hate summerSummertime. The living is one big long slog through art fairs, music festivals, family reunions and impromptu gatherings on the deck. It’s farmers markets and fish fries. Fireworks, that I love, and pool parties, that I refuse to attend because someone always wants to know why I’m not wearing a bathing suit (as if my hips don’t speak for themselves.)

Summer. The excitement builds with the release of the season’s first Top 10 Beach Read lists and gathers steam, exploding with Labor Day parades and back-to-school shopping. 

But I no longer read on the beach, because I’m not on the beach. I’m huddled under an umbrella by the pool, wearing a big flopping hat and SPF 75, if I have to go outside at all. It’s cleaner there. Not as hot. That sand. It gets into everything. And bugs. Ick. Give me concrete, chemicals and easy access to a restroom. Then leave me alone until fall, when the wind shifts and the days cloud over.

Save me from the endless sunshine. Save me from the squeals of children excited to roam free until school starts again. Is that negative? I don’t care. I’m hot and sweaty. The last time I exercised was that one day in June when the temperature dipped below 65. I’m already a walking menopausal furnace. In theory, that should be burning calories, but obviously not the one’s around my waistline. I’m not looking to add extra fuel to my internal fire.

Summer used to be fun. I remember. That’s one of those cruel tricks of aging. In my mind, I’m stretched out in a beach towel, my stomach child-bearing flat. Lazy days sitting on the porch swing, reading one of those Top 10 Beach Reads. And at night? It’s like a dream. Weaving through late night traffic on the back of a boy’s motorcycle. Sitting on the edge of the lake, slapping at bugs, watching the water pull the pebble beach further away, rolling down toward the water.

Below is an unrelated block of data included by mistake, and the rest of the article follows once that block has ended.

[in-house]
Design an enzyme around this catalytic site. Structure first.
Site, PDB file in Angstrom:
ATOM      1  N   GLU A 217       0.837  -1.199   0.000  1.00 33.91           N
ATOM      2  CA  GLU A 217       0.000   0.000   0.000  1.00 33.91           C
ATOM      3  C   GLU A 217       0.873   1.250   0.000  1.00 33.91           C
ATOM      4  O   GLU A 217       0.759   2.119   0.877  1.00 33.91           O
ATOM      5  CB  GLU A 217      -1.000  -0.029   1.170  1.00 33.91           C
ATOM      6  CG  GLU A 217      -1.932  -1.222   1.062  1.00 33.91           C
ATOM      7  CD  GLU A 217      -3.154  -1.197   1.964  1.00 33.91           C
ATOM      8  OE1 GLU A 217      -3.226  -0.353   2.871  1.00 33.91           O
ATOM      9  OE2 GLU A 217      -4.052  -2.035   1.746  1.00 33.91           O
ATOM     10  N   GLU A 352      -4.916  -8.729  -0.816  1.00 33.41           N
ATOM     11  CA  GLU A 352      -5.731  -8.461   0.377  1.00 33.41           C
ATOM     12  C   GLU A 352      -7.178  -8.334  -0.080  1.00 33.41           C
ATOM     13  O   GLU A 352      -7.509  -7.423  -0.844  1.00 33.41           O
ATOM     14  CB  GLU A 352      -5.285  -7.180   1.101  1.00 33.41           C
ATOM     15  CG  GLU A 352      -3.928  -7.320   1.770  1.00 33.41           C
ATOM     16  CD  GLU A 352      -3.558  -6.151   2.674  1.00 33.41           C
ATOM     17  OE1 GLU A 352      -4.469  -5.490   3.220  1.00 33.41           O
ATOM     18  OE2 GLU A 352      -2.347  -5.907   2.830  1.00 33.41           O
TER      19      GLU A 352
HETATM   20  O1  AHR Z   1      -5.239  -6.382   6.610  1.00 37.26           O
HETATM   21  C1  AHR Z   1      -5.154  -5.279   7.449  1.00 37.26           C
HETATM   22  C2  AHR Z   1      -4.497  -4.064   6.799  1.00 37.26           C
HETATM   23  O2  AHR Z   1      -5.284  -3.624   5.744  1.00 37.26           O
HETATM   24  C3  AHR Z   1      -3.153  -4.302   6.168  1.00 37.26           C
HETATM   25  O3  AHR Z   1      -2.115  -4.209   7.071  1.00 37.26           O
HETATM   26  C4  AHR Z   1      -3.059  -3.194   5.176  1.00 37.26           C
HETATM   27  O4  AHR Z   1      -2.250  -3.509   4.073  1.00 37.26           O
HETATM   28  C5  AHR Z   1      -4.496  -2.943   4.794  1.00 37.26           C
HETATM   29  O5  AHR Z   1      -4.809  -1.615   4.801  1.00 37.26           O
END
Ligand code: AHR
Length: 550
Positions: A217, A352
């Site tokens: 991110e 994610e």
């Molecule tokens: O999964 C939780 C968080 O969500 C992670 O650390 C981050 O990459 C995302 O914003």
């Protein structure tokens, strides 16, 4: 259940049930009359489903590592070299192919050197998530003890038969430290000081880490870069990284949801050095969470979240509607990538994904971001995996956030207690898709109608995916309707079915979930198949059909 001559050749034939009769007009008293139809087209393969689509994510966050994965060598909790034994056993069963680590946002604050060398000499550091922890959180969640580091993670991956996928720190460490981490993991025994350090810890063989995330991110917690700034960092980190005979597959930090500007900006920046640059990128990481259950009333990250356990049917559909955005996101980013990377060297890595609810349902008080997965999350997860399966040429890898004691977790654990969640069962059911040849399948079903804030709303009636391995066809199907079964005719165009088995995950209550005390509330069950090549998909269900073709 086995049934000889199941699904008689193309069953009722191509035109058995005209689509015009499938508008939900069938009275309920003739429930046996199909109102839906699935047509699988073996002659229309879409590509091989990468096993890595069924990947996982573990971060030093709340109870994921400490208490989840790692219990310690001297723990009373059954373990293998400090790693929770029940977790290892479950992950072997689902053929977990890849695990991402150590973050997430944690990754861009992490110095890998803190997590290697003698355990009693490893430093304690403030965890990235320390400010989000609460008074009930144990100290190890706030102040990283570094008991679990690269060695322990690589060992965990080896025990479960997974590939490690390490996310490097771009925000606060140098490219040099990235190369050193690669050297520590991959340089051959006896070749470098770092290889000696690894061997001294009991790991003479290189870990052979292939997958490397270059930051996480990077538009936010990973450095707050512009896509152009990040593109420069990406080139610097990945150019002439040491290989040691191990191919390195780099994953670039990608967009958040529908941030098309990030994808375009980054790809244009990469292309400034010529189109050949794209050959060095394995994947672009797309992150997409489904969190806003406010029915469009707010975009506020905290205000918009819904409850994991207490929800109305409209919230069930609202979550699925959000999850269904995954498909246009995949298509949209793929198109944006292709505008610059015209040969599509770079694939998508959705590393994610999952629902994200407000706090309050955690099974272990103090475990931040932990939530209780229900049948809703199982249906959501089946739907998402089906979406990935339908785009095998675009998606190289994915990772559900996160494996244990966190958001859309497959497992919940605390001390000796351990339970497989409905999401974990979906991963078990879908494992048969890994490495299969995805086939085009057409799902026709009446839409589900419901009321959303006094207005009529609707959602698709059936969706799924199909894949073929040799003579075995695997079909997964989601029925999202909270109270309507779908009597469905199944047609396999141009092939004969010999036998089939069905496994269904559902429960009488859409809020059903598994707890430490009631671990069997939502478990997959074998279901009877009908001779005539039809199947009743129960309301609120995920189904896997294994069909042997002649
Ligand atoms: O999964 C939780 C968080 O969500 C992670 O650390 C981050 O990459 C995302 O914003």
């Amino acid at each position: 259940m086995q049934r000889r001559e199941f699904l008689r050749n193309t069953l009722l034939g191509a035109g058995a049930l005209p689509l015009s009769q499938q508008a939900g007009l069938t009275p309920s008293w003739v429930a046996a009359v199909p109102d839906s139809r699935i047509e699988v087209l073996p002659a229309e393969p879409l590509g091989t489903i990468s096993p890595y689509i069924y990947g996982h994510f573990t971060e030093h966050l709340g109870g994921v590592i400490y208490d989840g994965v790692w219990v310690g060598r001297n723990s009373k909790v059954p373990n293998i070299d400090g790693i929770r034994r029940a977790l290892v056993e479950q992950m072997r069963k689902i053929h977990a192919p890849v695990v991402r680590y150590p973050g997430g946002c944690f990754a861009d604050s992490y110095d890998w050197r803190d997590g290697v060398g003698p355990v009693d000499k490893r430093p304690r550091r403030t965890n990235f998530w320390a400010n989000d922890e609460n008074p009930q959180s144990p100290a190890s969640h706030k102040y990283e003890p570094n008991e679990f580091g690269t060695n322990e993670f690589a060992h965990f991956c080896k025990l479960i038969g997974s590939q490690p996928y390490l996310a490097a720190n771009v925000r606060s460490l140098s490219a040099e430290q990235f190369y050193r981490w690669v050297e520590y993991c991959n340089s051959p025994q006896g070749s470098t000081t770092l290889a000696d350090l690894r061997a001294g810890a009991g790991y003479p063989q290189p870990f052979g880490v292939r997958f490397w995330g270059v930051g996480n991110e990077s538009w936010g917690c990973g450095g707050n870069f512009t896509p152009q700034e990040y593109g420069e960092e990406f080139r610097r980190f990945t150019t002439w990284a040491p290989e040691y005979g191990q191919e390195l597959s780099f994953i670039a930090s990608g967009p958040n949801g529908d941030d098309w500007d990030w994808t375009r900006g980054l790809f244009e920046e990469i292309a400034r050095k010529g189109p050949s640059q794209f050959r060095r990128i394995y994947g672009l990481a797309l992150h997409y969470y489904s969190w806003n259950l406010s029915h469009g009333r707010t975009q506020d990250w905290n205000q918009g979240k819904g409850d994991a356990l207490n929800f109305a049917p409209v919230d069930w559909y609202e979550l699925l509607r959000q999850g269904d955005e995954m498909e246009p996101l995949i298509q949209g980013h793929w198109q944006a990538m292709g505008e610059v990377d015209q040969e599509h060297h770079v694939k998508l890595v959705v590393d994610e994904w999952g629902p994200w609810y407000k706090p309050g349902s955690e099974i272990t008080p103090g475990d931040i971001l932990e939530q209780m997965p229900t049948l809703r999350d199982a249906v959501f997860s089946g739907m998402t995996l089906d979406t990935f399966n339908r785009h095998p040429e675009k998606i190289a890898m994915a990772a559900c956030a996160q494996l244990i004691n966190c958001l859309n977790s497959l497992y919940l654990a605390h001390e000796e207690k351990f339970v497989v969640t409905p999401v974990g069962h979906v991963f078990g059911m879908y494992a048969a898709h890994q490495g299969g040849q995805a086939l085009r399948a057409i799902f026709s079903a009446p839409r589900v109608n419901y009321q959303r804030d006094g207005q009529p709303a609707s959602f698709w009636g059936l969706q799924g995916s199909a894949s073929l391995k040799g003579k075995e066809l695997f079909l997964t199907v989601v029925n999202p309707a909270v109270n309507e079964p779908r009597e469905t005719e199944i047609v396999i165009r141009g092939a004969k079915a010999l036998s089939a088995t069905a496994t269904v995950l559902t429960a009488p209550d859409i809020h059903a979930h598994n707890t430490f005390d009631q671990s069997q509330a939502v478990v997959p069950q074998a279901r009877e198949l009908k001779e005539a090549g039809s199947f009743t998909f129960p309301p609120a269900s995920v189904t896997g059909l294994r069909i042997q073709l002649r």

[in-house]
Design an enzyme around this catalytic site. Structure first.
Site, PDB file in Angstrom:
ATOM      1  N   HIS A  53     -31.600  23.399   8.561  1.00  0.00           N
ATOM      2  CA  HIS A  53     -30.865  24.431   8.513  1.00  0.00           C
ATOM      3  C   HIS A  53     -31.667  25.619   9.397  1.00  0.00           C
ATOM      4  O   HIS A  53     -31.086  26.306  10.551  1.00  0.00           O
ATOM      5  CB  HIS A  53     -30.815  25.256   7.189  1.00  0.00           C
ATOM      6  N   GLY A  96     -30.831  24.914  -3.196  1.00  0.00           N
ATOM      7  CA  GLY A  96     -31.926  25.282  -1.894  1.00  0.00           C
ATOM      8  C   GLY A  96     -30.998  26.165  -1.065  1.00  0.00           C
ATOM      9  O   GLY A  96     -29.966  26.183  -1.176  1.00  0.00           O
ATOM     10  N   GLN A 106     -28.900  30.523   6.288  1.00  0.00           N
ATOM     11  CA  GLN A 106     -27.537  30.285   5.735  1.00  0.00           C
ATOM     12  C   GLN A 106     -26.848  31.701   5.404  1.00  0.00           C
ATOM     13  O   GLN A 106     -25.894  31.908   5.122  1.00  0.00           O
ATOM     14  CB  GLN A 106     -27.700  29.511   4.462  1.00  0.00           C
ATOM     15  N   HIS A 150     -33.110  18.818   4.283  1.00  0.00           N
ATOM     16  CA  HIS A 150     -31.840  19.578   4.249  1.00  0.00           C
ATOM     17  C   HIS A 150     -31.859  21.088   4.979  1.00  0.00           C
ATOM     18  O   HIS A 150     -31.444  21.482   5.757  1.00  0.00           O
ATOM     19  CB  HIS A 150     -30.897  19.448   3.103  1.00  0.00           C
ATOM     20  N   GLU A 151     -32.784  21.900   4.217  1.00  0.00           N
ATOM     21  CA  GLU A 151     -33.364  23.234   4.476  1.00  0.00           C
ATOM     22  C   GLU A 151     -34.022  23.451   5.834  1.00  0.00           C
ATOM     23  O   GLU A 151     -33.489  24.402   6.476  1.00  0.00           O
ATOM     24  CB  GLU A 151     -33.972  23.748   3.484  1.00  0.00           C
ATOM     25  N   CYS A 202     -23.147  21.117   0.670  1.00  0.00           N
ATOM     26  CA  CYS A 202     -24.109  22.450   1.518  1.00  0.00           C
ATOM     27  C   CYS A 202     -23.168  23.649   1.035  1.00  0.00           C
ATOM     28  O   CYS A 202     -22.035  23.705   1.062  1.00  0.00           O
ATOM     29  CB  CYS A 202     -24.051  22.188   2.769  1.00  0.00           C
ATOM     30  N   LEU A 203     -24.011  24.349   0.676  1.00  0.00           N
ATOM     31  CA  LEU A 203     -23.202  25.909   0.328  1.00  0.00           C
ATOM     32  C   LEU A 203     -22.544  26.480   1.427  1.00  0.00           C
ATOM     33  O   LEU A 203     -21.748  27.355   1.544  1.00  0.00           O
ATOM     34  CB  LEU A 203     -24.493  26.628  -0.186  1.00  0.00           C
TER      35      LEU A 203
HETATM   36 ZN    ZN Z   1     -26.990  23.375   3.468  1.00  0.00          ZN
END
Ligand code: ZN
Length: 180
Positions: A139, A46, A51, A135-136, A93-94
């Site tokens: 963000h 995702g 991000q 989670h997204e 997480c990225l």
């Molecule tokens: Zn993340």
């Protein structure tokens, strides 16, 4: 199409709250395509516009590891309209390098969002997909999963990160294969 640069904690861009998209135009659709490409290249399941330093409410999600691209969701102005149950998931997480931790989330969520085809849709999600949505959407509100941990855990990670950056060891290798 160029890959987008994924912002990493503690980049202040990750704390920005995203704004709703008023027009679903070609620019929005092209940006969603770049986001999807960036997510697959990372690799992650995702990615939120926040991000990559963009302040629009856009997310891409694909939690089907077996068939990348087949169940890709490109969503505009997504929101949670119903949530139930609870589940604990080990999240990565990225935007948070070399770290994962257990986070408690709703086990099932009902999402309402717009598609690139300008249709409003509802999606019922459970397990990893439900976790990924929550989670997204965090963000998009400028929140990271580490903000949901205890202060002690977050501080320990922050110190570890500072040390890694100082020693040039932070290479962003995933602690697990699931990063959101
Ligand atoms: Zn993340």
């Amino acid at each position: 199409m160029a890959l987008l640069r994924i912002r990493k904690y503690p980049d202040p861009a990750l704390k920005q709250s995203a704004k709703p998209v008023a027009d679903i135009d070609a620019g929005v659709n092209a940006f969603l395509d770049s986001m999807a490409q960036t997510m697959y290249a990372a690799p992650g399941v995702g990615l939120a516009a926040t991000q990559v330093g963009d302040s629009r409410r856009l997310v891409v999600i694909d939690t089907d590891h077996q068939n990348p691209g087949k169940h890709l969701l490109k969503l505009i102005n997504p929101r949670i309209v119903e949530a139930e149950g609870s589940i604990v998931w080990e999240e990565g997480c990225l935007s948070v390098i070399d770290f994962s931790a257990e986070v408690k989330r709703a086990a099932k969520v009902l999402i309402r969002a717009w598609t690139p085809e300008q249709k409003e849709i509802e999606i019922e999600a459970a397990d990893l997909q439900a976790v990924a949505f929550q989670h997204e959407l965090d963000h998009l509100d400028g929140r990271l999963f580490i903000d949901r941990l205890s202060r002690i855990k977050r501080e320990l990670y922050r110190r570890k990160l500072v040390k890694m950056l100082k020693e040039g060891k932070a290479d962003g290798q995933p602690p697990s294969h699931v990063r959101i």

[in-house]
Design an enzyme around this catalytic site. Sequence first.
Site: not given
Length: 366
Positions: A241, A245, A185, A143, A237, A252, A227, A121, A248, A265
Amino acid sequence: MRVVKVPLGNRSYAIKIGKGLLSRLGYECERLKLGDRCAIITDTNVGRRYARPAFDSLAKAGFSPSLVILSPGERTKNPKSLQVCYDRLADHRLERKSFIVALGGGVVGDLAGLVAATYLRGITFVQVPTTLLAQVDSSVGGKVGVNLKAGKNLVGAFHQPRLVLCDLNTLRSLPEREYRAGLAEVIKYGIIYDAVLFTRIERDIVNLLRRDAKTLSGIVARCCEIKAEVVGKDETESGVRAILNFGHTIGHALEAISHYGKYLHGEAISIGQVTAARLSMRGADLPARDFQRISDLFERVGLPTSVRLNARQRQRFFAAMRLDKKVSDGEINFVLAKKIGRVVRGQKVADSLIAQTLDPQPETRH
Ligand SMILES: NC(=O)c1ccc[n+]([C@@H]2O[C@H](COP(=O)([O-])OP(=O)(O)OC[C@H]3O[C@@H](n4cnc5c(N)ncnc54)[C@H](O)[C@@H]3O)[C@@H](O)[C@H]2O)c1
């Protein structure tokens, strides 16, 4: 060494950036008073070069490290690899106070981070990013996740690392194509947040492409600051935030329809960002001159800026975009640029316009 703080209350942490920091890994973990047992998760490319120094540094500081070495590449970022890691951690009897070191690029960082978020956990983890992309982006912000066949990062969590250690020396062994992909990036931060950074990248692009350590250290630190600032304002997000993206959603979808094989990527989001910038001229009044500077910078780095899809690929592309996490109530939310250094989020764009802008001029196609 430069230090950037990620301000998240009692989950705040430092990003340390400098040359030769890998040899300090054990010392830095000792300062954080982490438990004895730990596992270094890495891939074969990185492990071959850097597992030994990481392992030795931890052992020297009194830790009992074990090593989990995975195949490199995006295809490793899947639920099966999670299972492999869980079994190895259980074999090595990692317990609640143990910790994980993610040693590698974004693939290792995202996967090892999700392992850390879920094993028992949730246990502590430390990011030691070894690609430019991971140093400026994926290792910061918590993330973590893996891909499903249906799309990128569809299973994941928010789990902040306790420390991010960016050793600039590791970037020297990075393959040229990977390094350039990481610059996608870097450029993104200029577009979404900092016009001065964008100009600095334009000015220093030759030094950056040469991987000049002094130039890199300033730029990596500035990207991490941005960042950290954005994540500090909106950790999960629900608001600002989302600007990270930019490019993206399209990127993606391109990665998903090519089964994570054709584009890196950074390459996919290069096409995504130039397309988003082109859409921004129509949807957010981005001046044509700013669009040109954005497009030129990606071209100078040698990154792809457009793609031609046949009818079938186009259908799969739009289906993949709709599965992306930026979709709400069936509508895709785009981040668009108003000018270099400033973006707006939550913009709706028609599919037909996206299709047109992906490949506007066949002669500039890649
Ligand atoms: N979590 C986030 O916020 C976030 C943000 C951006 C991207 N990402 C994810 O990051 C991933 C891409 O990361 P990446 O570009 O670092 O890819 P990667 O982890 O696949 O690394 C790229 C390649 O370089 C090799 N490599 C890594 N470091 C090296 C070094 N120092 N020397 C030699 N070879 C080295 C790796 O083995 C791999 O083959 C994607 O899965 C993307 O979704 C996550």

Those summers. The one’s with little to do and no where to go. No Little League games. No ice cream socials. No chaperoning Vacation Bible School. No gardens to weed or flowers to water. 

Give me that, those unscheduled days. One’s where the social calendar included blank spaces. Time when I can crack open a book and forget the heat. And the bugs. The ticking clock. Give me some of the excessive quiet of winter now, when I need it most. 

Because once summer ends, I will mourn it like a miss opportunity. I’ll want it back like that one lost love, the one who just needed to believe. It all ends so fast. Let me slow down. Savor what I have. Before it’s gone. Before the snow falls.

Criss Roberts blogs irregularly at crissroberts.blogspot.com.

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